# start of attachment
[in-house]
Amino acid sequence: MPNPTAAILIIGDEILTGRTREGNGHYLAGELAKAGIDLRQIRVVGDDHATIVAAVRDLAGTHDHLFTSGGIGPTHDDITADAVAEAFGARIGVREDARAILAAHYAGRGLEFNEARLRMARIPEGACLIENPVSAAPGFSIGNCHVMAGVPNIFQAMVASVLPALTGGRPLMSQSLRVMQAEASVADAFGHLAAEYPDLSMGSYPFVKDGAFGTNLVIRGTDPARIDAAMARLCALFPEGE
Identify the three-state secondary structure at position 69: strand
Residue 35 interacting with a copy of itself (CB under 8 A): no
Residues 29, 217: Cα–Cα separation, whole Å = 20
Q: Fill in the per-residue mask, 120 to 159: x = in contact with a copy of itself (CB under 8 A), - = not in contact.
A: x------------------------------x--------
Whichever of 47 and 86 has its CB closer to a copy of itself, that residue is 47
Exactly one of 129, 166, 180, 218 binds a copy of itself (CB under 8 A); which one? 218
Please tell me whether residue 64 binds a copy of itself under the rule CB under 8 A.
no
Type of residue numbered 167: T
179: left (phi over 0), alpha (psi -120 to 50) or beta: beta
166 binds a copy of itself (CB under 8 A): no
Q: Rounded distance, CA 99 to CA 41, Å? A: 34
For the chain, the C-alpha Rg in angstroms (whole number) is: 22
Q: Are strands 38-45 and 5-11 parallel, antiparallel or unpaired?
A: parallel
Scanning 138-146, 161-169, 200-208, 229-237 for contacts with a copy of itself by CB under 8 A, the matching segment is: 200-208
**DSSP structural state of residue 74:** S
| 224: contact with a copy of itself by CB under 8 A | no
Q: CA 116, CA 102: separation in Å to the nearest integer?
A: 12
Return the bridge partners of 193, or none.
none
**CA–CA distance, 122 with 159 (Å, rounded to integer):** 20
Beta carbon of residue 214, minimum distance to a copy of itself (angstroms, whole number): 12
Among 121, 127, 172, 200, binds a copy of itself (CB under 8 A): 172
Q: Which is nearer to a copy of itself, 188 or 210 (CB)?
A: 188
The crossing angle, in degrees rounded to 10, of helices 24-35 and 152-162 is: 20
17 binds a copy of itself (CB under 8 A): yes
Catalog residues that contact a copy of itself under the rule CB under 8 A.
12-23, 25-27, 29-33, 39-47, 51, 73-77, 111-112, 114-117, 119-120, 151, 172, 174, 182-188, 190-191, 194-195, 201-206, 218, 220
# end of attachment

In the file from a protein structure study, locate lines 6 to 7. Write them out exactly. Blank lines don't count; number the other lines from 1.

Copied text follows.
Q: Fill in the per-residue mask, 120 to 159: x = in contact with a copy of itself (CB under 8 A), - = not in contact.
A: x------------------------------x--------